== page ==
Norm Johnson: Mr. Automatic Looks Back, Pt. 2

In the conclusion of our exclusive interview with ex-Seahawks kicker Norm Johnson, he recalls his years with the Falcons, Steelers and Eagles, when he knew his time in the NFL was over, and how he's successfully made the transition to life after football.

When last we left our hero, kicker Norm Johnson was about to be cut by the Seattle Seahawks after nine years and 810 regular season points scored. Seattle had selected John Kasay in the fourth round of the 1991 draft, and the team told the two players that a training camp competition would decide who would suit up for the Seahawks that season. Johnson believed at the time - and to this day - that the front office lied to him about his chances, kept him around as an injury contingency only, and severely impacted his ability to play for another team by waiting until final cuts to release him.

"That could have easily ended my career," Johnson told Seahawks.NET. "If you don't get lucky in the NFL, and some team's not looking for a kicker with experience because of an injury, or someone fouling up, that can really jeopardize your coming back. Even if you're #1 on the short list – if people don't need the short list…"

Johnson was released on August 26, 1991, along with a few other names known to Seahawks diehards (receiver Paul Skansi, linebacker Darren Comeaux, and defensive end Michael Sinclair, who would land back on the practice squad two days later and play 11 years for the team), he told the Seattle Times that it wasn't exactly a surprise. "I think we all knew what was going to happen when they drafted Kasay back in April," he said. At the time of his release, no team was looking for a kicker - rosters were basically closed. It took three weeks before another team came calling - the Atlanta Falcons, led by Jerry Glanville, one of the more intriguing football coaches ever to draw breath.

Famous for leaving tickets for Elvis at the will call window, engaging in alleged cheap-shot retaliation battles with Bengals coach Sam Wyche during his time in Houston, and telling a game official that "NFL" stands for "Not For Long", Glanville was (and still is) a firebrand and a true original. He's also still a coach - at Portland State University. When Glanville called Norm Johnson in the face of disappointing performances by rookie kicker Brad Daluiso, Johnson admitted to being a bit spooked by the man's reputation. What he found was that behind the rebellious face was a heart of gold that beat pure football.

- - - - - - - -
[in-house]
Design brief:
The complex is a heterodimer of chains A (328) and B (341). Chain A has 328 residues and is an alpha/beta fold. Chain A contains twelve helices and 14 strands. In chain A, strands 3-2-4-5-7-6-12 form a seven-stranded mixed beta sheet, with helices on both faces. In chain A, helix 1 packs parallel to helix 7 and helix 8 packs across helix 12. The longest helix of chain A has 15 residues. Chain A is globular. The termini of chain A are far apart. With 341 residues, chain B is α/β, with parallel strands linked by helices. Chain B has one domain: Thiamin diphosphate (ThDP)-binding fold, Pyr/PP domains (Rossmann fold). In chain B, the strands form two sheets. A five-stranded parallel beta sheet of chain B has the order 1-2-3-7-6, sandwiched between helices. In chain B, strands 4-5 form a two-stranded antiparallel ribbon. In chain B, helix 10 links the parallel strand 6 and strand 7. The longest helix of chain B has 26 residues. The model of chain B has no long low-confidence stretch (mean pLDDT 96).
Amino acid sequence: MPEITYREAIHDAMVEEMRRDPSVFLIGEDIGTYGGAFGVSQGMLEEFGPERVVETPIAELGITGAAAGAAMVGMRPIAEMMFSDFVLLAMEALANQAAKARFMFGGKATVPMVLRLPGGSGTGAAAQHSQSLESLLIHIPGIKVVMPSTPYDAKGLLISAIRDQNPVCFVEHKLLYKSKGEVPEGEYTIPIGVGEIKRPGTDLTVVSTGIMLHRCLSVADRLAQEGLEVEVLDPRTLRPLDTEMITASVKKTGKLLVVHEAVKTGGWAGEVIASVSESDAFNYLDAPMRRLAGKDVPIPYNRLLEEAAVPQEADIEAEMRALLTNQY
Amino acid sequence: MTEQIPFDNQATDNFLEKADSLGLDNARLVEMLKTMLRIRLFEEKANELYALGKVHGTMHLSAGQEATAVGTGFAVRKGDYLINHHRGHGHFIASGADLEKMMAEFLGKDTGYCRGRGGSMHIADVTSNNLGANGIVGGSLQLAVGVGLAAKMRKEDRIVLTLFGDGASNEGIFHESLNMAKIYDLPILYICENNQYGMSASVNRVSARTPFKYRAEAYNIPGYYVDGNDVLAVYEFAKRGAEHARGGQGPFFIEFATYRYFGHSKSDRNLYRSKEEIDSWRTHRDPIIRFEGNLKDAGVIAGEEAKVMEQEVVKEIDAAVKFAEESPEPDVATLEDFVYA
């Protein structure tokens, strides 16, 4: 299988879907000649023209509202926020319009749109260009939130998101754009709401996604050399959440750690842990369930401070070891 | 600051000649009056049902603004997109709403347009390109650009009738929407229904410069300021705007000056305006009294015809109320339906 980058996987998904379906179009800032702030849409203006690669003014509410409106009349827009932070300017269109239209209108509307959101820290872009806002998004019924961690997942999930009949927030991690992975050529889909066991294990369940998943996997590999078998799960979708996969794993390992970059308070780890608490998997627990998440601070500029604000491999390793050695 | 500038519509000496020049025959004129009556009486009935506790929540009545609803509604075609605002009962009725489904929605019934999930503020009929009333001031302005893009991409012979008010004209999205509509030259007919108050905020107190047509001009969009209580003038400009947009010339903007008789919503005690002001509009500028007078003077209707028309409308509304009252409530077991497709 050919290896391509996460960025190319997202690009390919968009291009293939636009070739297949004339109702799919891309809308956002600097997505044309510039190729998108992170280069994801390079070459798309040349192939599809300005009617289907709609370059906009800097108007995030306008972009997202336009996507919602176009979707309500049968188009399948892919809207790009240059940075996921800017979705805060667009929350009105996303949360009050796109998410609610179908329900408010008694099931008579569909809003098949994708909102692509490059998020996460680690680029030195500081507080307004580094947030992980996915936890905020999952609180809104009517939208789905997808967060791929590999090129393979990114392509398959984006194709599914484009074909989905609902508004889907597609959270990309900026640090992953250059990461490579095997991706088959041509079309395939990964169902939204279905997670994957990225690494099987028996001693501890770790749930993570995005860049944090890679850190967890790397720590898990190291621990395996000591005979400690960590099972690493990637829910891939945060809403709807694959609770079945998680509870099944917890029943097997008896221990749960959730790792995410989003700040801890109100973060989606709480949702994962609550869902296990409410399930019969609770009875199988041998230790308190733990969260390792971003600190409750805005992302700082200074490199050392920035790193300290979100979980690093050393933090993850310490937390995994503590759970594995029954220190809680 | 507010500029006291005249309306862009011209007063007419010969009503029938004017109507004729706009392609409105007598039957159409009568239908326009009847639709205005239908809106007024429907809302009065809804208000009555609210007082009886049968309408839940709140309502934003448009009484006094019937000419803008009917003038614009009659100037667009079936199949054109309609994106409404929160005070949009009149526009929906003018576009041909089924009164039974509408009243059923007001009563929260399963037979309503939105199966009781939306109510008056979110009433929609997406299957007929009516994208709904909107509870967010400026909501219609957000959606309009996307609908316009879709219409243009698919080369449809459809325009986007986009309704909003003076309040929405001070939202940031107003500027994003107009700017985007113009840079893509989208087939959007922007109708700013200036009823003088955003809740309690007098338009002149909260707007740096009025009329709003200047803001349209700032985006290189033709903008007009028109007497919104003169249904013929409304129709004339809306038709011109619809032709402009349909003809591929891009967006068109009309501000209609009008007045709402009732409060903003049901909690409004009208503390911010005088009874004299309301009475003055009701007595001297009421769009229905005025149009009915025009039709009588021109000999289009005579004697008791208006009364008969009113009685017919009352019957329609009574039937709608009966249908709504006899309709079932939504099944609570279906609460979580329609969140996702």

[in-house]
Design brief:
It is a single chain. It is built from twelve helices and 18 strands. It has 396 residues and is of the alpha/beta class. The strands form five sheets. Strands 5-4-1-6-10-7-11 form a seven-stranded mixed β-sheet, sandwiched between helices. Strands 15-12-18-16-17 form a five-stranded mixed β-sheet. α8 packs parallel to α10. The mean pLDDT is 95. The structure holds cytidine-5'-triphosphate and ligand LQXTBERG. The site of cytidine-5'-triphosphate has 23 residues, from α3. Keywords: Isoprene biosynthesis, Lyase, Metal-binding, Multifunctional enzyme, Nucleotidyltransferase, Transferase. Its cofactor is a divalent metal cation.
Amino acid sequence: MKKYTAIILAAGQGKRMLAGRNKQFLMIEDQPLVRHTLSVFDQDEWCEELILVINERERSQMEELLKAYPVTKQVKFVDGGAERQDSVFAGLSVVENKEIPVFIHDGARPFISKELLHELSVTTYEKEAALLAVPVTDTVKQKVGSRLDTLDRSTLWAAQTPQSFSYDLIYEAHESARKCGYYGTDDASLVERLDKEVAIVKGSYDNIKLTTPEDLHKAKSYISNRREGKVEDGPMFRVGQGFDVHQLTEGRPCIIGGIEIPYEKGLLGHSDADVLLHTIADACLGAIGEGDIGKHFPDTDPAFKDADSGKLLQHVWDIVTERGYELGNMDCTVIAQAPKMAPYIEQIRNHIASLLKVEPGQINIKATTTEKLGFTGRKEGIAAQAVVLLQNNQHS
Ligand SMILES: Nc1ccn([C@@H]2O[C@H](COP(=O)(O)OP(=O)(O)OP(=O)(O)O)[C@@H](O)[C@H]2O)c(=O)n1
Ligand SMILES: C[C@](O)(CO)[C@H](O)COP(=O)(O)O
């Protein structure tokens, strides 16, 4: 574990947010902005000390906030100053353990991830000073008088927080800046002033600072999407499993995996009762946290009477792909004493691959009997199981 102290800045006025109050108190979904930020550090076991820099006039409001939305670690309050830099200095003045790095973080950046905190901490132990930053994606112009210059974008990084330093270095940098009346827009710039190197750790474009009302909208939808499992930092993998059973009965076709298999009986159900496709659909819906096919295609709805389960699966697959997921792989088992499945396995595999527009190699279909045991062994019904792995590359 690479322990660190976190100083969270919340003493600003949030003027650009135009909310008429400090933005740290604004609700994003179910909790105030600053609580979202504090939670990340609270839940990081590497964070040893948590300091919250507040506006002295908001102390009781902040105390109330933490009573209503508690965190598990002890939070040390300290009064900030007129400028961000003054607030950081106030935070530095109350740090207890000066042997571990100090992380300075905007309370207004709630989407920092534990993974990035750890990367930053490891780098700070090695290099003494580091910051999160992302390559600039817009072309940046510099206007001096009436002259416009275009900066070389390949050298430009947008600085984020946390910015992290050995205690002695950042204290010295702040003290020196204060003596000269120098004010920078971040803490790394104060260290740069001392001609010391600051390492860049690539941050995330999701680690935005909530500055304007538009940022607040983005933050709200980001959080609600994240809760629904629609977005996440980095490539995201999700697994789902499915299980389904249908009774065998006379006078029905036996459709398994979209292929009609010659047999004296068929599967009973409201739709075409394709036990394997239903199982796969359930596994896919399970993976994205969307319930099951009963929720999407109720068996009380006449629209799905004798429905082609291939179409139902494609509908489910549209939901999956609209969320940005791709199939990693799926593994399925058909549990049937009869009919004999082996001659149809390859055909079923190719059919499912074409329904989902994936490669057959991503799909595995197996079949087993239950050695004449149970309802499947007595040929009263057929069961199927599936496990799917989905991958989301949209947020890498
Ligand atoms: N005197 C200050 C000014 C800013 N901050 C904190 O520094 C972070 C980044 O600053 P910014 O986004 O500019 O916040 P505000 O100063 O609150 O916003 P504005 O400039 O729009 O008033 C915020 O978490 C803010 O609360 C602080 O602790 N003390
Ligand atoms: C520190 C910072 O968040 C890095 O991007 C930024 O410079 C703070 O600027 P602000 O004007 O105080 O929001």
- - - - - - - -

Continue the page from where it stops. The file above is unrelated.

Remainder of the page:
SAN FRANCISCO - OCTOBER 18, 1992: Kicker Norm Johnson #9 of the Atlanta Falcons attempts a field goal during a game against the San Francisco 49ers at Candlestick Park on October 18, 1992 in San Francisco, California. The 49ers won 56-17. (Photo by George Rose/Getty Images)

"It was a blast," Johnson said of his time with Glanville. "I was scared before I got there – not sure I wanted to play or him from the bits and pieces I knew – but once I got there, I called my wife after two weeks and said, 'I'll follow this guy anywhere.' He was a lot of fun, he appreciated the veterans, and he re-energized me for playing football. He took the kicking game seriously, because he came from a special teams background.

"I had a great special teams coach – Bobby April, who was brand new to the NFL, and we just had fun. (Glanville) was just a hoot – that was very enjoyable. At least it was enjoyable while Jerry was there. They fired him (after the 1993 season, the Falcons' second straight 6-10 record) and brought in June Jones, and that was a very poor decision."

One thing that his time in Atlanta, being coached by Glanville, and working with April did for Johnson was to dramatically increase his efficiency. His 70 percent field goal rate through nine seasons with the Seahawks jumped up to 87 percent with the Falcons. When asked why he was able to improve so quickly, Johnson spoke about the effect that factors such as team stability, and personal validation, have on athletic performance.

"You know, I told a lot of people … once I left the Seahawks, for whatever reason, there was a big weight lifted off my shoulders. I really enjoyed being treated like a veteran when I came to Atlanta – they really took special teams seriously – it was fun again. Not "fun" as in a team that wasn't winning, or the media was down on us, there were times when it just wasn't enjoyable. Not to say that playing in the NFL is supposed to be a "fun" job – it's hard, it's serious, it's dedication, it's playing through pain – but to do all that and enjoy what you're doing is a lot better than to do all that and not enjoying it. There was a real burden on me in Seattle. I probably put it on myself, but I feel that it came from some of the outside things, and I got re-energized. It made everything better."

What Johnson didn't know is that despite his efficiency, he would last only one season longer in Atlanta than Glanville. June Jones brought special teams coach Frank Ganz on board, which led to Johnson's "dead man walking" status once again.